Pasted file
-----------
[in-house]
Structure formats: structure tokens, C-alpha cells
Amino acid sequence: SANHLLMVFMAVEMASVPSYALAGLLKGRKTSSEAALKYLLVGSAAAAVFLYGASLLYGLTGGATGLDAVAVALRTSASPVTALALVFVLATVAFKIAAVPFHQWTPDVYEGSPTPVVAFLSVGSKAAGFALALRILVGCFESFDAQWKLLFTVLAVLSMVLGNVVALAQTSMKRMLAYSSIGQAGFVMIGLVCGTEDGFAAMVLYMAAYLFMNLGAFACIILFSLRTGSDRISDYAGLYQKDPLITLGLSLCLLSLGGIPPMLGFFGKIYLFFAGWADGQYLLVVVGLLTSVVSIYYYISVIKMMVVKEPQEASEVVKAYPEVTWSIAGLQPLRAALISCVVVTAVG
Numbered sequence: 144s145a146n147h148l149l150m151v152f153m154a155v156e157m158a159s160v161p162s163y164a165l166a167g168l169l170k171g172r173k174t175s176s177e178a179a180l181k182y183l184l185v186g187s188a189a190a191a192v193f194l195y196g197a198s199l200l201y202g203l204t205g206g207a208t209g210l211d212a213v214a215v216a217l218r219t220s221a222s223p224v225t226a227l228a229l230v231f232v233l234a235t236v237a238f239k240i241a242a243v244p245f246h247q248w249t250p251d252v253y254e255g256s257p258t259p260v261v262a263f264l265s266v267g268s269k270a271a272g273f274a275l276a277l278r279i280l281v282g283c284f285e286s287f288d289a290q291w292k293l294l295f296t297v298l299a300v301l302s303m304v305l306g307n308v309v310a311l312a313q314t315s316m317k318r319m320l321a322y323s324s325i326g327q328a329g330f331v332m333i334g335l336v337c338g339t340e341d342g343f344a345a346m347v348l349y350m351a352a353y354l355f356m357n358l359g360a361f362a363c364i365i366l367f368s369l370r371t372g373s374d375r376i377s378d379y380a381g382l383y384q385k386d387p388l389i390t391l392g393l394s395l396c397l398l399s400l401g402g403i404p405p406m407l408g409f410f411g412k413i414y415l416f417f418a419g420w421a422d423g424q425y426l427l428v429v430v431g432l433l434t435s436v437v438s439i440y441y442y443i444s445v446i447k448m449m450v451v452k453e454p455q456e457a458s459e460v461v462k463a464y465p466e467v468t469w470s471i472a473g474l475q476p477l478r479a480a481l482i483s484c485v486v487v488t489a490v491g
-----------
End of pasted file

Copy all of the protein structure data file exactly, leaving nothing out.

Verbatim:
[in-house]
Structure formats: structure tokens, C-alpha cells
Amino acid sequence: SANHLLMVFMAVEMASVPSYALAGLLKGRKTSSEAALKYLLVGSAAAAVFLYGASLLYGLTGGATGLDAVAVALRTSASPVTALALVFVLATVAFKIAAVPFHQWTPDVYEGSPTPVVAFLSVGSKAAGFALALRILVGCFESFDAQWKLLFTVLAVLSMVLGNVVALAQTSMKRMLAYSSIGQAGFVMIGLVCGTEDGFAAMVLYMAAYLFMNLGAFACIILFSLRTGSDRISDYAGLYQKDPLITLGLSLCLLSLGGIPPMLGFFGKIYLFFAGWADGQYLLVVVGLLTSVVSIYYYISVIKMMVVKEPQEASEVVKAYPEVTWSIAGLQPLRAALISCVVVTAVG
Numbered sequence: 144s145a146n147h148l149l150m151v152f153m154a155v156e157m158a159s160v161p162s163y164a165l166a167g168l169l170k171g172r173k174t175s176s177e178a179a180l181k182y183l184l185v186g187s188a189a190a191a192v193f194l195y196g197a198s199l200l201y202g203l204t205g206g207a208t209g210l211d212a213v214a215v216a217l218r219t220s221a222s223p224v225t226a227l228a229l230v231f232v233l234a235t236v237a238f239k240i241a242a243v244p245f246h247q248w249t250p251d252v253y254e255g256s257p258t259p260v261v262a263f264l265s266v267g268s269k270a271a272g273f274a275l276a277l278r279i280l281v282g283c284f285e286s287f288d289a290q291w292k293l294l295f296t297v298l299a300v301l302s303m304v305l306g307n308v309v310a311l312a313q314t315s316m317k318r319m320l321a322y323s324s325i326g327q328a329g330f331v332m333i334g335l336v337c338g339t340e341d342g343f344a345a346m347v348l349y350m351a352a353y354l355f356m357n358l359g360a361f362a363c364i365i366l367f368s369l370r371t372g373s374d375r376i377s378d379y380a381g382l383y384q385k386d387p388l389i390t391l392g393l394s395l396c397l398l399s400l401g402g403i404p405p406m407l408g409f410f411g412k413i414y415l416f417f418a419g420w421a422d423g424q425y426l427l428v429v430v431g432l433l434t435s436v437v438s439i440y441y442y443i444s445v446i447k448m449m450v451v452k453e454p455q456e457a458s459e460v461v462k463a464y465p466e467v468t469w470s471i472a473g474l475q476p477l478r479a480a481l482i483s484c485v486v487v488t489a490v491g